Surviving Life in a Credit Card Commercial

Count on God before Counting CostsGod-provides-849x1024

Those who seek the LORD shall not lack any good thing. Psalm 34:10 (NKJV)

But seek first his kingdom and his righteousness, and all these things will be given to you as well. Matthew 6:33 (NIV)

The world of children’s extracurriculars can often feel like one long MasterCard ad. “Uniforms: $$. Private lessons: $$. Watching your child excel in their gift and talent: priceless.” As expenses mount up, it’s easy to get bogged down by all those dollars on the way to the “priceless” finish line.

However, like Caleb entering Canaan, we too can go forward with confidence into the land God has given us. We can stand firm in the assurance of God’s purpose and power, fully equipped to face any “giant” we encounter—even some of those colossal expenses. Ball fields and auditoriums may not flow with milk and honey, but they are full of good things for those willing to proceed on God’s authority (Numbers 13:2).

When we commit our plans to God before any other commitment—financial or otherwise—we are assured of success (Proverbs 16:3). We cannot anticipate every expense or provide for every need— but God can. When we give God authority over our pursuits, He will equip us so we can pursue them in a way that honors Him.

In addition, we can count on God’s Word to guide us in the best possible use of our resources through:

  • Dedication: Acknowledging that God alone is the source of all we have, we surrender wholly to His authority and pledge our wealth to His purposes (Deuteronomy 8:17-18, Matthew 6:24, Micah 6:8).
  • Stewardship: Since God has entrusted us with resources and holds us accountable as we manage them, we commit to making wise choices (Matthew 25:19-23, I Corinthians 4:2, Proverbs 21:20).
  • Obedience: Our decisions are in accordance with God’s law, and spending is dictated by his mandates rather than worldly demands or temporary desires (Proverbs 11:28, I Timothy 6:17, Luke 12:15).
  • Trust: We rest in the certainty that God will meet our needs (Matthew 6:32b-33).
  • Gratitude: We are content with whatever we have and outwardly thankful for all we receive (Philippians 4:12, Hebrews 13:5, I Timothy 6:6-8, Psalm 50:23, 107:31).
  • Generosity: We respond to God’s provision by helping others in need (Proverbs 19:17, 28:27; II Corinthians 9:6).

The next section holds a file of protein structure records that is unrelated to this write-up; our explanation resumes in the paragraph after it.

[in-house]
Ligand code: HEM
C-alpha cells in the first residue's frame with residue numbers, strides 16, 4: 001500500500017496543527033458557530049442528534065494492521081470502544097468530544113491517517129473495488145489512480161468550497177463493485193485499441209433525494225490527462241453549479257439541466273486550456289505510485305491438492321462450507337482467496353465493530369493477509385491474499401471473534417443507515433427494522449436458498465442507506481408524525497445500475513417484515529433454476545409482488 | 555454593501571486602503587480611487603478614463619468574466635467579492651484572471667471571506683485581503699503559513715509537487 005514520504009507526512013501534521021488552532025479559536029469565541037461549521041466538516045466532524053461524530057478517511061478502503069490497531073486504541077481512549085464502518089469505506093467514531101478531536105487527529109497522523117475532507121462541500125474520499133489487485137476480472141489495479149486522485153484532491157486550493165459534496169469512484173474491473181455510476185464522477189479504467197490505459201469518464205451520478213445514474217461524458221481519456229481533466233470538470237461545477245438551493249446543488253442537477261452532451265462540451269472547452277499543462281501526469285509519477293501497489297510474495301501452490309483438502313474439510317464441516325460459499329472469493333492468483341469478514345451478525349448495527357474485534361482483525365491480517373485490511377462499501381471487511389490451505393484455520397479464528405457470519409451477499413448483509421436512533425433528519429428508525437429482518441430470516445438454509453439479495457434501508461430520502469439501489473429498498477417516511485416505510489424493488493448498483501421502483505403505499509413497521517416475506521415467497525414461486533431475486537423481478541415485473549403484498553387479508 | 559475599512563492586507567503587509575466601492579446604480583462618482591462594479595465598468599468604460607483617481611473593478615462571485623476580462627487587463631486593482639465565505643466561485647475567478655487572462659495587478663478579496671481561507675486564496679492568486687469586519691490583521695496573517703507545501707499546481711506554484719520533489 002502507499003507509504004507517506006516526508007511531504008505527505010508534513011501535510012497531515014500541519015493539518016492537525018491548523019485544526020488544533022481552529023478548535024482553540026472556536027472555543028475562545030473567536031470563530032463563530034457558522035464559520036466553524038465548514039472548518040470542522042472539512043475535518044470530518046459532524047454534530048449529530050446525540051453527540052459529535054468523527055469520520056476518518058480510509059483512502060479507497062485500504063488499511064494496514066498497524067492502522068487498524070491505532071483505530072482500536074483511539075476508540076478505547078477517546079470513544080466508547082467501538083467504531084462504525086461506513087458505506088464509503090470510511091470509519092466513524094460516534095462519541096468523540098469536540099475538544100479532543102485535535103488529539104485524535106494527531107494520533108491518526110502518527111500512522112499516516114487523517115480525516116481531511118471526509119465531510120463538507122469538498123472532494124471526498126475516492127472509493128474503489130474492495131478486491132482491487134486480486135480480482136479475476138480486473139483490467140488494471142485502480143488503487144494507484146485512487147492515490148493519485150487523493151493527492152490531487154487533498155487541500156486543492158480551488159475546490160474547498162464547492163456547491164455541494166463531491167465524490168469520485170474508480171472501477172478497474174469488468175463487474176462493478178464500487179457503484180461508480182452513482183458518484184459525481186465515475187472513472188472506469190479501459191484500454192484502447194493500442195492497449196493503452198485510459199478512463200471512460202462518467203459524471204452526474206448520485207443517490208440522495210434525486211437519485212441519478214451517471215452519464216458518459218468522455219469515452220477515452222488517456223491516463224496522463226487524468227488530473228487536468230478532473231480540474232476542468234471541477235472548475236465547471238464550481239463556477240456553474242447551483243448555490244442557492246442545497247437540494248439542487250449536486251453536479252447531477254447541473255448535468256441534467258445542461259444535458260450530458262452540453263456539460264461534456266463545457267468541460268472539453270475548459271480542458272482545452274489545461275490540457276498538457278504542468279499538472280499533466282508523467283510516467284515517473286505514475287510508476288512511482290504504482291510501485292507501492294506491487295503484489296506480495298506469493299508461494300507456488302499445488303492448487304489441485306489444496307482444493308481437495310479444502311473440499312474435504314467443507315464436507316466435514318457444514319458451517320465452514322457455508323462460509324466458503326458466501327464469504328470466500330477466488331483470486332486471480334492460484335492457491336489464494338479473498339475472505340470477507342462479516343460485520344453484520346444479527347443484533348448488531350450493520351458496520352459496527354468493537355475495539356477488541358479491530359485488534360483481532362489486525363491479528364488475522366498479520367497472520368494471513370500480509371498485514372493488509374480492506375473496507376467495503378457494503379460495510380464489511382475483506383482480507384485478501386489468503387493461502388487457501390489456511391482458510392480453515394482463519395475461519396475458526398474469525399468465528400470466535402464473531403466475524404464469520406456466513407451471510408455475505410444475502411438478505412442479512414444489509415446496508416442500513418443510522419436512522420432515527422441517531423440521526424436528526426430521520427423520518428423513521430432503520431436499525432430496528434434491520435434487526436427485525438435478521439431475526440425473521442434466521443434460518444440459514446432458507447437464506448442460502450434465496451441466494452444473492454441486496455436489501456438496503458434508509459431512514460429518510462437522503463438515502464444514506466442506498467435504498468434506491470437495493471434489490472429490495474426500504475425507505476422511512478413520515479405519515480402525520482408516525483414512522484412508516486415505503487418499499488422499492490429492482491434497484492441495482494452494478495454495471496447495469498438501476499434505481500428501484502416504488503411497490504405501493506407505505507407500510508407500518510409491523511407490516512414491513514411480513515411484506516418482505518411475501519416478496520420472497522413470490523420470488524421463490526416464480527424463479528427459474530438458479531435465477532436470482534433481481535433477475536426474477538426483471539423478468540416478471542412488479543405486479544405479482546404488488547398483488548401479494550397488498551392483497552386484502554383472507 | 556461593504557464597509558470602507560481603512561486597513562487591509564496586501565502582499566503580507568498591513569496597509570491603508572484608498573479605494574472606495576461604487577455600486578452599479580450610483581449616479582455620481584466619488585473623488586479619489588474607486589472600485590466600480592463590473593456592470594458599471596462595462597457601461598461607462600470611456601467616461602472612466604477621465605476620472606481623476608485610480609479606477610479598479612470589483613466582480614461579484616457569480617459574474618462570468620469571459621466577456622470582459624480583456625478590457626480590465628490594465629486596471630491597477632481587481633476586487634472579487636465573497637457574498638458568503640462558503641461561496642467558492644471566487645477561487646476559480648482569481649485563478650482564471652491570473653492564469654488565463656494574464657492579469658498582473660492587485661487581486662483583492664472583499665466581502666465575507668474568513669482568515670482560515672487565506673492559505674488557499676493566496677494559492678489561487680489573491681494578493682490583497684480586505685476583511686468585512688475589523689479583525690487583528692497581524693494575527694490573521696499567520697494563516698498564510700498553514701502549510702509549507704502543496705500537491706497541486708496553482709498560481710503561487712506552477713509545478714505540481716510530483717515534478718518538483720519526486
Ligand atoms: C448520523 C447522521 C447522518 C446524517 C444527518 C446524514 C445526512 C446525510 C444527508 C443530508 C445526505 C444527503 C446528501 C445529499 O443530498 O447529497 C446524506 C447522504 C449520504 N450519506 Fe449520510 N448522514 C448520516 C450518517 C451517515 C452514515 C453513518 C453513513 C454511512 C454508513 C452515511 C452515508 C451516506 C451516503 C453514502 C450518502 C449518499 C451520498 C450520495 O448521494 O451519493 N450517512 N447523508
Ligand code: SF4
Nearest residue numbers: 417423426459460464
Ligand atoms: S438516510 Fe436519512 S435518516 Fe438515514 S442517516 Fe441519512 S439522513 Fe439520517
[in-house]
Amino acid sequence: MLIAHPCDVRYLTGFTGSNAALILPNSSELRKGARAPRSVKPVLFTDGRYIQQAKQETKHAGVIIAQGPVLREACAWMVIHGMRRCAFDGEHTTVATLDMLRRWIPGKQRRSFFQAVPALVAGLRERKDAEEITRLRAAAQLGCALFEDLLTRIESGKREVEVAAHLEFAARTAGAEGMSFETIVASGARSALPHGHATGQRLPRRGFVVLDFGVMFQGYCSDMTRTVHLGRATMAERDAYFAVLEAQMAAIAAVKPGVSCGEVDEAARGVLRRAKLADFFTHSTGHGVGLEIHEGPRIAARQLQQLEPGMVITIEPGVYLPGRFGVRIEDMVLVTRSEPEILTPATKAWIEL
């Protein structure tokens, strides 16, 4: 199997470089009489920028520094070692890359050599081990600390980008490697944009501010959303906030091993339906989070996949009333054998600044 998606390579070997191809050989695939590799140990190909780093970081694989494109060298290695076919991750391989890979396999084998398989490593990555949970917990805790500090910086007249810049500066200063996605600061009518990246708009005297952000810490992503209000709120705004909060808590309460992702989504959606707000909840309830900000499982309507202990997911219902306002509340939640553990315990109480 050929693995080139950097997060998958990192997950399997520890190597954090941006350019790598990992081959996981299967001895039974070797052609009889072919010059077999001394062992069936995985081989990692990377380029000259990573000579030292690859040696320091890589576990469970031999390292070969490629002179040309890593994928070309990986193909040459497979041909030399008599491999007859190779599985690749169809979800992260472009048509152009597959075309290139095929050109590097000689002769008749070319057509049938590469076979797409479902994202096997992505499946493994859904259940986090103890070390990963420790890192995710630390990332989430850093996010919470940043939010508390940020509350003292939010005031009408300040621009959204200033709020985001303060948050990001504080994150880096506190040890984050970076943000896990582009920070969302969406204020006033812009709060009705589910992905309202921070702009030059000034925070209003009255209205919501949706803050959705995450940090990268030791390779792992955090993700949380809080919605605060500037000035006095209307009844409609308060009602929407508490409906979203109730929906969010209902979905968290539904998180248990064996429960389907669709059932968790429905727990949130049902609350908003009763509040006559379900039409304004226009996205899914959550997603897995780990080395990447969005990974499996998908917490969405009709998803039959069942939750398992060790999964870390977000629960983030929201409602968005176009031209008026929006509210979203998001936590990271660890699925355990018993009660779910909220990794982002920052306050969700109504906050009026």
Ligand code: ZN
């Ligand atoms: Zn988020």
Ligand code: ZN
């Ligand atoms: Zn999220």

Prescriptions for Sticker Shock

And it is a good thing to receive wealth from God and the good health to enjoy it. To enjoy your work and accept your lot in life—this is indeed a gift from God. Ecclesiastes 5:19 (NLT)

Whenever we find ourselves living in that credit card commercial, we can count ourselves blessed. Even the “dollar-dollar-dollar” challenges can give us cause to rejoice as we recall how God has already provided. After all, it was God who supplied the means, motive, and opportunity to use our resources this way in the first place. Thanks to Him, we have discretionary money to spend—and at least one child on whom to spend it. That is reason enough to be thankful—not every parent can claim such riches for their children.

If we want to live triumphantly during this season, we need to manage both our finances and our attitudes well. We can count on a positive outlook if we will concentrate on the following:

  • Praise. Every time we open our wallet is just one more opportunity to give thanks to God for enabling us to invest in our children.
  • Perspective. In every aspect of childrearing, we choose to view our responsibilities as burdens or privileges. We can pay the bills with gratitude for the freedom to choose these opportunities at all. For instance, when our son Evan broke his wrist climbing a tree (or more accurately, falling out of one) we had to get it fixed. On the other hand, allowing him play tackle football (and exposing him to more broken bones) was our choice.
  • Proportion. Brent and I like to joke, “It’s an awesome responsibility to raise such talented children!” In other words, if they did not have so many gifts, we wouldn’t be spending so much money. If they weren’t growing in those gifts, the demands on our resources would not increase, either. By the time our son Parker became a provisional black belt, we were spending far more money (and time) at the karate studio than we did when he was still a beginner. By that point, he had shown enough aptitude and dedication to justify greater investment. Our support of our children’s efforts is proportional to their ability and commitment.
  • Perseverance. As the credit card ad reminds us, there are pricey and priceless moments, either of which can take us by surprise. Extracurricular life can be immensely rewarding, but its dividends take time to pay out. Scripture urges us not to get discouraged in the meantime. After all, it is only “through God’s mercy we have this ministry,” so we are not to “lose heart in doing good, for in due time we will reap if we do not grow weary” (II Corinthians 4:1, Galatians 6:9).

Life is full of both “dollar-dollar-dollar” experiences and priceless ones—but they are not the product of plastic cards or open wallets. Such invaluable moments come to obedient hearts fully surrendered to all God has to offer.

Excerpted from When Jesus Takes the Field

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I’m a wife, mother, writer, speaker . . . and a woman fully reclaimed by God. In other words, just an ordinary gal . . . living an extraordinary life.

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